The NYT logo used to be “All the News that’s Fit to Print”. Today, a more accurate logo would be “All the News that Fits”! The clear message is that if a piece does not fit the NYT mindset it doesn’t get printed!

  • Richard sherwin

    What’s disturbing? He was obviously chosen to continue the NYT-Haaretz supersessional labor zionist pre-post-israeli-zionist-disneyworld. The only difference is he belongs in Shenkin St Tel Aviv, not pretending to inhabit Jerusalem. Maybe perhaps east jerusalem? Unfortunately he’d not survive long in ramallah nablus gaza or rafiah. So ok, jerusalem. We know why. We know what to expect. And we know who. So what’s disturbing, or rather, who’s really disturbed at all?

  • laurie sapir

    Baker actually wrote that it was the rise of Conservative (not Orthodox) Judaism (!)that was challlenging secular values, which, of course, is nothing but ludicrous. Shows how uninformed he is.

  • Laurie Sapir

    Actually, Peter Baker wrote that it was the “influence of CONSERVATIVE Judaism” (not Orthodox Judaism) that was on the rise and challenging the secular values. Shows how uninformed he is.

  • Joy D. Brower

    What can one expect from the Old Gray Lady? It used to be that opinion pieces appeared in the editorial pages, but the rest of the paper reported the news in a straight-forward and factual manner. No more. Their libtard editorial poppycock has spread to every other section of the paper, while their once “unbiased” reporting is simply gone with the wind! And that this neophyte is allowed to parade his ignorance and biases is contemptible in the extreme!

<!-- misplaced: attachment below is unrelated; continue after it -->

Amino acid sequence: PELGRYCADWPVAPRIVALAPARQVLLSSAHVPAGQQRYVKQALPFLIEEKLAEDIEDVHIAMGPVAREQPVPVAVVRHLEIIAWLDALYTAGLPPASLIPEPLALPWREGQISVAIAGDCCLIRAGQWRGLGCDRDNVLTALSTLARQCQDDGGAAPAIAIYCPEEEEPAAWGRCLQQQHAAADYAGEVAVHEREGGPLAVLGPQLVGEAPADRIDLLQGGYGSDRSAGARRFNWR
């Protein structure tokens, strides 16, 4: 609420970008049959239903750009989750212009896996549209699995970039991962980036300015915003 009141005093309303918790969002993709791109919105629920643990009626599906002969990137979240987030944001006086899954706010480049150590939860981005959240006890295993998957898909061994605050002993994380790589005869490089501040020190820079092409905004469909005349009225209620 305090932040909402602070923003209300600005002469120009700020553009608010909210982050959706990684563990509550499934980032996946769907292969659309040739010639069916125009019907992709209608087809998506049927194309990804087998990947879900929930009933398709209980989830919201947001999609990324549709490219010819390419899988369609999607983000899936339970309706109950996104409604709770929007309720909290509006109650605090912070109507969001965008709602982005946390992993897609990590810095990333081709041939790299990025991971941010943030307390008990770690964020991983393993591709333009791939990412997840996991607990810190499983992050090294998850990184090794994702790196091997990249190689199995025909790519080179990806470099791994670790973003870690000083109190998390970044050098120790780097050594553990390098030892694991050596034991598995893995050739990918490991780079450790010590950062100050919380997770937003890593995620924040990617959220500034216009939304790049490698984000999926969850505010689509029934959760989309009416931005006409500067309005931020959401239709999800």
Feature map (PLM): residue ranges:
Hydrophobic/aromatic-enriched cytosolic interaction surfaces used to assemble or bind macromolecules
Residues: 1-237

• stevenl

    NYT shows its selection for a BIASED and controversial “journalist”. Let him spin in the thin air of the Palestinian self-destructive politics. Just make the effort to keep Jews out of this mess.
    IL is struggling …! Such is not the case for the NYT devoid of any code of ETHICS. Thirty five hundred years old values & IDENTITY. Who can claim better? I struggle therefore I AM! Most of humanity does not have this luxury!

  • duPont

    Stop buying the NYT and ignore Baker. An incompetent so called journalist should not be recognized for anything but his incompetence. He needs to go home and get a better education.

  • Rusty van Druten